Rai Benjamin beat a record and still lost in an all-time great Olympic race

Norway's Karsten Warholm leads Rai Benjamin of the United States while leaping a hurdle.
Norway’s Karsten Warholm, right, leads Rai Benjamin of the United States in the men’s 400-meter hurdles final at the Tokyo Olympics.
(Francisco Seco / Associated Press)

It might take a while. A few weeks. Several months. Perhaps years.

At this point, Rai Benjamin is only starting to process what happened Tuesday at Olympic Stadium in the men’s 400-meters hurdles final.

Benjamin ran the most important race of his life. On his sport’s biggest stage. Posted a world-record time.

And lost.

In perhaps one of the greatest races in Olympic history, Karsten Warholm of Norway held off Benjamin and a blazing field to win in a world-record time of 45.94 seconds.

Warholm broke his own record of 46.70. Benjamin finished in 46.17.

“If you would have told me I was going to run 46.1 and lose, I would probably beat you up and tell you to get out of my room,” Benjamin told reporters.


And if someone had told Warholm that Benjamin would run that time?

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“I would have put myself on the first flight home,” Warholm said.

Instead, Warholm went somewhere no man had gone before in the 400 hurdles: under 46 seconds.

Consider: The world record in the 400 meters is less than three seconds faster — and runners don’t have to negotiate 10 hurdles.

The 400-meter hurdles final wasn’t the only event Tuesday that offered a glimpse of what’s to come in track and field in the next few years.

Athing Mu, a 19-year-old from New Jersey, remained on track to become a possible face of the sport by winning the women’s 800 meters, the first American to do so since Madeline Manning in 1968 at Mexico City.

“This is just the beginning, there’s more,” Mu said, adding, “My time is now.”

Benjamin aimed to make a similar statement.

After holding off Benjamin down the stretch, Warholm looked up at the videoboard to see his winning time.

Karsten Warholm reacts after setting a world record and winning gold in the men's 400-meter hurdles at the Tokyo Olympics.
Karsten Warholm reacts after setting a world record and winning gold in the men’s 400-meter hurdles at the Tokyo Olympics.
(Petr David Josek / Associated Press)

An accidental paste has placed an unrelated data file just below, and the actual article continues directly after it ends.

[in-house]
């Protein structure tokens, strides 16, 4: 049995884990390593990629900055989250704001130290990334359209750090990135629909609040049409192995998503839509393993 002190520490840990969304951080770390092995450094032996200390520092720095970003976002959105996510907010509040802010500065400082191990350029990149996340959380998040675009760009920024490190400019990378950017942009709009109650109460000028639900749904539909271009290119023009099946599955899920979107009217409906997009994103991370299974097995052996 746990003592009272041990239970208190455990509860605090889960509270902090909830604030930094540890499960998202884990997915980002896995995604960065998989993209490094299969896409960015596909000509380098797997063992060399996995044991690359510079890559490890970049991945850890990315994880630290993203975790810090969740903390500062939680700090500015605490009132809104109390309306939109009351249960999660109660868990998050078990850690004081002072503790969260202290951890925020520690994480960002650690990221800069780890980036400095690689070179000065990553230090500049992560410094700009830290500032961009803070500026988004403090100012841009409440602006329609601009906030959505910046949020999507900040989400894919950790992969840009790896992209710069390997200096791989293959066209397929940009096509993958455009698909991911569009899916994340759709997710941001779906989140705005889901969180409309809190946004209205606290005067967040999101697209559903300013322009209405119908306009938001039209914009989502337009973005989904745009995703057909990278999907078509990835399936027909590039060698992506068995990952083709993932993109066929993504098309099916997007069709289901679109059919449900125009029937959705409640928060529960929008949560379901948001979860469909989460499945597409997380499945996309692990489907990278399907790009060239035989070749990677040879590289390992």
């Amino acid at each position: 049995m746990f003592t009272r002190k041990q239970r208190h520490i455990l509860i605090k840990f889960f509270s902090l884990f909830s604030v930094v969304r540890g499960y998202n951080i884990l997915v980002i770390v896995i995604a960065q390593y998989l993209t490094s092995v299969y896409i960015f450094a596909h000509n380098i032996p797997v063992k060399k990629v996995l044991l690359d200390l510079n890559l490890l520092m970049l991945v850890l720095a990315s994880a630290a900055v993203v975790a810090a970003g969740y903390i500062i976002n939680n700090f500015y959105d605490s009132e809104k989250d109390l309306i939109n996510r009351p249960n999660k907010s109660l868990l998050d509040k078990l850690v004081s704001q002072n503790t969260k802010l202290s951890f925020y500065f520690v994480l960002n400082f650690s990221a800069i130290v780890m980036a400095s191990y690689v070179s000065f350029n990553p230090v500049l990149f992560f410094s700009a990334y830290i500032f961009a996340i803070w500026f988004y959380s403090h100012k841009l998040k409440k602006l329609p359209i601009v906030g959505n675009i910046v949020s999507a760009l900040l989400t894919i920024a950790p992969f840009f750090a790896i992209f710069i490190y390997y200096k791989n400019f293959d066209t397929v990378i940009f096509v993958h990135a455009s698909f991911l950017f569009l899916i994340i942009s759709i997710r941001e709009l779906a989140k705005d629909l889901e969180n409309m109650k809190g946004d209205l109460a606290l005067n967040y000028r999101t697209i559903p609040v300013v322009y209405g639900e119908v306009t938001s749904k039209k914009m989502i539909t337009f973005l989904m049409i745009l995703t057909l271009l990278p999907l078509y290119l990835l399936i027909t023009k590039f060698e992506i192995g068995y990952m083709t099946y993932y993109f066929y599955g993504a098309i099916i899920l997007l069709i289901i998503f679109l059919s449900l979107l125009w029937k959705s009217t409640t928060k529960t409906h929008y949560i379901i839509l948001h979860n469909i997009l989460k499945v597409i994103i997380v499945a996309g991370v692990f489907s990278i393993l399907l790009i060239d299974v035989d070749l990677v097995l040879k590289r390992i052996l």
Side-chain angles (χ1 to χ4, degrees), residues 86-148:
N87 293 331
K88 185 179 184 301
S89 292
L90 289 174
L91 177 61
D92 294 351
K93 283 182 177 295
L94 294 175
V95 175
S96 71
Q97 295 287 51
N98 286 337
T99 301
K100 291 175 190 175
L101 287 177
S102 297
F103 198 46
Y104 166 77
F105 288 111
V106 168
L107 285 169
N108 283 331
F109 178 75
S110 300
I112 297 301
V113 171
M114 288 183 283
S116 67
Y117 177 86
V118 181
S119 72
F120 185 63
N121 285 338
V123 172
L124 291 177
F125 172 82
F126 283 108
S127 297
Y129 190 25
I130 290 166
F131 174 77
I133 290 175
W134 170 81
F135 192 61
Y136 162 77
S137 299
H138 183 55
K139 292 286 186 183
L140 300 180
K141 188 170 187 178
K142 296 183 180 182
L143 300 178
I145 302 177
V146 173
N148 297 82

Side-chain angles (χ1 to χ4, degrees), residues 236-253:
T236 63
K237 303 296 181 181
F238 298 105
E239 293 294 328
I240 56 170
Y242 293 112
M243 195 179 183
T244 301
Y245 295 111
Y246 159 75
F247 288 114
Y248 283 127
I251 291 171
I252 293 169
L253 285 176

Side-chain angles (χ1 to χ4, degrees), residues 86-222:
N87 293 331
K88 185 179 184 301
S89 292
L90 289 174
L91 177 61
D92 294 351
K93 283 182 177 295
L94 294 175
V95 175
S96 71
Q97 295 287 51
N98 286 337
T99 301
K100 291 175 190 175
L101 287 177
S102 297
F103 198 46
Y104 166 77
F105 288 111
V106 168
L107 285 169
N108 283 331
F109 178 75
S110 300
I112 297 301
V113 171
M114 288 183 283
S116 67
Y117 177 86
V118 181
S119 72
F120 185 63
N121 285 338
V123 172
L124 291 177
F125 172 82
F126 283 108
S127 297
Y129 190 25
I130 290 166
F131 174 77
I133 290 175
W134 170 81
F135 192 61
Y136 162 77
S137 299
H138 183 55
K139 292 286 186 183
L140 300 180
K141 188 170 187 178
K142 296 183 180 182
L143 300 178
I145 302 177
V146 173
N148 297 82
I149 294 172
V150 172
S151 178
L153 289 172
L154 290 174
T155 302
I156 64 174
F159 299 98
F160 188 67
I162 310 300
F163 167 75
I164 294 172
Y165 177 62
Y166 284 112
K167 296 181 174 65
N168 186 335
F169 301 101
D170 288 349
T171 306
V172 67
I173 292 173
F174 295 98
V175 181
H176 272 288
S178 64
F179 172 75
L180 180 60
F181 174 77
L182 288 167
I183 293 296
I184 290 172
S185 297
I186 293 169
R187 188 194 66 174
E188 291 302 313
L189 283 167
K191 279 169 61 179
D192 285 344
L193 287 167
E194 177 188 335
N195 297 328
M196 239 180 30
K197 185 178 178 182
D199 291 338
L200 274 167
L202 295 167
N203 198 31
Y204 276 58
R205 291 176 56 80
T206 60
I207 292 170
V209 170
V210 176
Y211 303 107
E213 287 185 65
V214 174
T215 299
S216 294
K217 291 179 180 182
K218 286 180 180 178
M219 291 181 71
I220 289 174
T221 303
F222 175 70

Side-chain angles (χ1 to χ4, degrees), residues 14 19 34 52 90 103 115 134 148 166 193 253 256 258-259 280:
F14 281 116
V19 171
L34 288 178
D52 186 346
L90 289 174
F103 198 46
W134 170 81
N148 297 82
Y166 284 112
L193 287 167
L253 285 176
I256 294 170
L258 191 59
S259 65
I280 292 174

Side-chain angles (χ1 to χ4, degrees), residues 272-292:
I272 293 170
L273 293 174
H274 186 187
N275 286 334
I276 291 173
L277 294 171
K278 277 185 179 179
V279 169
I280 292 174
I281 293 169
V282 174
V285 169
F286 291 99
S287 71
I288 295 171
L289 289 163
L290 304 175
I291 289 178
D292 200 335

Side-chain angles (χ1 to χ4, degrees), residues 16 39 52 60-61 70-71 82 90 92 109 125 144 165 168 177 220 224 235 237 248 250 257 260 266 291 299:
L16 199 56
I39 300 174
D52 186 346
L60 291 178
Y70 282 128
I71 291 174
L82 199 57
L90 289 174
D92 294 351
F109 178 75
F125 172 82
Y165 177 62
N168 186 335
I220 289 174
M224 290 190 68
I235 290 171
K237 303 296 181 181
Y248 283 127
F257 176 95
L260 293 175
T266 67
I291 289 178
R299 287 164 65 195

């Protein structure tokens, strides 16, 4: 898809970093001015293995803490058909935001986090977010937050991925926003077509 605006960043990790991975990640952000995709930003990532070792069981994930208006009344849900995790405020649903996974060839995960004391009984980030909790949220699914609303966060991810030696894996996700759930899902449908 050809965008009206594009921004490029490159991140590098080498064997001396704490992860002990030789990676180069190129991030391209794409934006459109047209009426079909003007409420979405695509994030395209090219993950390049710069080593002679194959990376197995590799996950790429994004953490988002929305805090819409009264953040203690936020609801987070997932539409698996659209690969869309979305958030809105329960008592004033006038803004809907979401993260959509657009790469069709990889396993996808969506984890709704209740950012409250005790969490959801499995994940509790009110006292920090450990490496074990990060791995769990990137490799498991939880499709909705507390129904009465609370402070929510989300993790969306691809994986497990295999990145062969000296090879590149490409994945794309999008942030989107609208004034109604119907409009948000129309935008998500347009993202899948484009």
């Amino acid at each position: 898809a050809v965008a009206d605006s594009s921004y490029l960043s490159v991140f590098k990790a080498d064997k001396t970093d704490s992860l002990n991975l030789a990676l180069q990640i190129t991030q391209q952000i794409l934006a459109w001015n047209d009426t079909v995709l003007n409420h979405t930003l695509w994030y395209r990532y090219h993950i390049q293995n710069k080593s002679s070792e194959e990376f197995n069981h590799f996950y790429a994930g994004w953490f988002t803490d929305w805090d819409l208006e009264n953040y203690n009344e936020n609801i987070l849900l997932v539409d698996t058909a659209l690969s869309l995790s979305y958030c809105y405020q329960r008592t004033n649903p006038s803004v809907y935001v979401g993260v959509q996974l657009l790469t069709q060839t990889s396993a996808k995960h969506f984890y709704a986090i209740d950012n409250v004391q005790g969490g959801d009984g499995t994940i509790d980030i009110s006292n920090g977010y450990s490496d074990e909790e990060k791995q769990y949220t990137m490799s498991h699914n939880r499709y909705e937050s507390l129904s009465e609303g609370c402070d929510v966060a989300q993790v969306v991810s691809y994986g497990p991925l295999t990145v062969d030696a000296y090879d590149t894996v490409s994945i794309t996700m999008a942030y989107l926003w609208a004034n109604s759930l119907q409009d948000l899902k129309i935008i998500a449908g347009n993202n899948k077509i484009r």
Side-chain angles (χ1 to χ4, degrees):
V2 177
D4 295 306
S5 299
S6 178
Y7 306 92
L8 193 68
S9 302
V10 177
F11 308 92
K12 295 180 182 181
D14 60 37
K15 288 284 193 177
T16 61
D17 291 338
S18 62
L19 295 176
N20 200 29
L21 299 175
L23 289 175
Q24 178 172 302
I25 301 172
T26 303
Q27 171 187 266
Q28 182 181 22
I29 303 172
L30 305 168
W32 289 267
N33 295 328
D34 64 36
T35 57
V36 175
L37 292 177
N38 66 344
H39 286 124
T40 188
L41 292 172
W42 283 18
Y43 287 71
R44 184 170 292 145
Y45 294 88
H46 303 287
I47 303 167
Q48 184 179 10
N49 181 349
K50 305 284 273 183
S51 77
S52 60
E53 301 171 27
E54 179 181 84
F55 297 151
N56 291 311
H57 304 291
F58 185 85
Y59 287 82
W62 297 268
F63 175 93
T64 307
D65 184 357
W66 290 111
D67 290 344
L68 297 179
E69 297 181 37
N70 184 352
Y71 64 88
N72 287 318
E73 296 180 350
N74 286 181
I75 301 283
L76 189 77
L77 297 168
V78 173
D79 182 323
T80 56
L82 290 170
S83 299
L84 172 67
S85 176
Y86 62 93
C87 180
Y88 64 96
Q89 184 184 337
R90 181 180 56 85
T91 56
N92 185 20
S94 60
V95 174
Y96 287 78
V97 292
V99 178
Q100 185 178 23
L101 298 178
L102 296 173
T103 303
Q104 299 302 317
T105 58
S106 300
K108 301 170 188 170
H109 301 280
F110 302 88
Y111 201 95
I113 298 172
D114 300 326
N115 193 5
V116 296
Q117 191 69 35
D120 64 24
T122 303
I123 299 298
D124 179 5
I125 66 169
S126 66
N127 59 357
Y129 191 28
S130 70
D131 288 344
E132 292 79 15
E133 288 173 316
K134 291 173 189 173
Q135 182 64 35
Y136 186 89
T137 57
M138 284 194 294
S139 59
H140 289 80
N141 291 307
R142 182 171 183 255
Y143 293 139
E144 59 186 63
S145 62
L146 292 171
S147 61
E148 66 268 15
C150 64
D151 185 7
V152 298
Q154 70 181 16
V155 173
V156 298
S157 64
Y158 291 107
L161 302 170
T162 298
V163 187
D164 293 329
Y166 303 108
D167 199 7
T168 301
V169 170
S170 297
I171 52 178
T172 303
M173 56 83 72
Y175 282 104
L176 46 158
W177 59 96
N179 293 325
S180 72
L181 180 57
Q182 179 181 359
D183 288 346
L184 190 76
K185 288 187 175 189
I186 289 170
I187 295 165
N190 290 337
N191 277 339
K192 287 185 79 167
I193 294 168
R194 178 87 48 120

“I thought, ‘This is sick,’” Warholm said.

Benjamin felt that way.

“I saw the 45.9 and I was just like, ‘What the hell?’ And then I saw 46.1 and I’m like, ‘There’s no way I just ran 46 and lost.’”

Benjamin ran faster than Kevin Young’s Olympic-record 46.78, a mark set at the Barcelona Games in 1992 that stood for nearly 30 years. So did Alison Dos Santos of Brazil, who finished Tuesday’s race in 46.72 to win bronze.

But that was not fast enough.

U.S. runner Rai Benjamin frowns after taking silver in the men's 400-meter hurdles.
U.S. runner Rai Benjamin reacts after taking silver in the men’s 400-meter hurdles at the Tokyo Olympics on Tuesday.
(Charlie Riedel / Associated Press)

A composed Benjamin, who grew up in Mount Vernon, N.Y., and competed in college at UCLA and USC, repeatedly said he would need time to process what happened and why.

“The kid’s amazing, man,” he said of Warholm, 25. “You can’t be mad at all. As a competitor, it hurts a lot, but that’s just the nature of the sport.”

Benjamin, 24, described it as “the best race in Olympic history,” adding with due respect that Young and 400-meter legend Edwin Moses “could not run what we just ran.”

Benjamin said he could not sleep the night before the race because the anticipation was so great. The eight runners in the final are all “cool with each other” but were silent in the call room before the race, he said.

But before the race, Benjamin said Warholm advised, “Let’s go out and have some fun.”

Warholm, running in Lane 6, pushed the pace from the outset to stress Benjamin in Lane 5 and other runners as well.

“I knew I had really gutted them out and they were probably at a place where they didn’t want to be,” Warholm said. “I didn’t want to be there myself because it hurts.”

Benjamin said he made a small error at the fourth hurdle, giving Warholm the slightest edge.

“Everything is just like white noise,” Benjamin said. “I didn’t hear anything; I didn’t see anyone until hurdle seven. And at that point it‘s just like, ‘I’m behind and I’ve got to just go get that guy.’”

Warholm knew Benjamin would be coming.

“I ran sort of scared,” he said, “but that’s something that I always do.”

As they cleared the final hurdle, “I just ran with my life,” Warholm said. “I would die for that gold medal.”

Benjamin gave chase. But he could not close the gap.

Norway's Karsten Warholm clears the final hurdle ahead of Rai Benjamin of the U.S. and two other opponents
Norway’s Karsten Warholm, second from left, clears the final hurdle before winning the gold medal ahead of Rai Benjamin of the U.S.
(Charlie Riedel / Associated Press)

“Just ran out of real estate,” he said. “I was running my butt off coming home and just didn’t have enough space.”

Benjamin’s Olympics are not over. He said he would run in the 1,600-meter relay, so there is another shot at gold.

And there are more duels with Warholm ahead. The 2022 world championships will be held in Eugene, Ore. The 2024 Olympics in Paris are only three years away.

Despite his disappointment, Tuesday’s historic race set the stage.

“It just goes to show where we are in the sport,” Benjamin said, “and where the event is going.”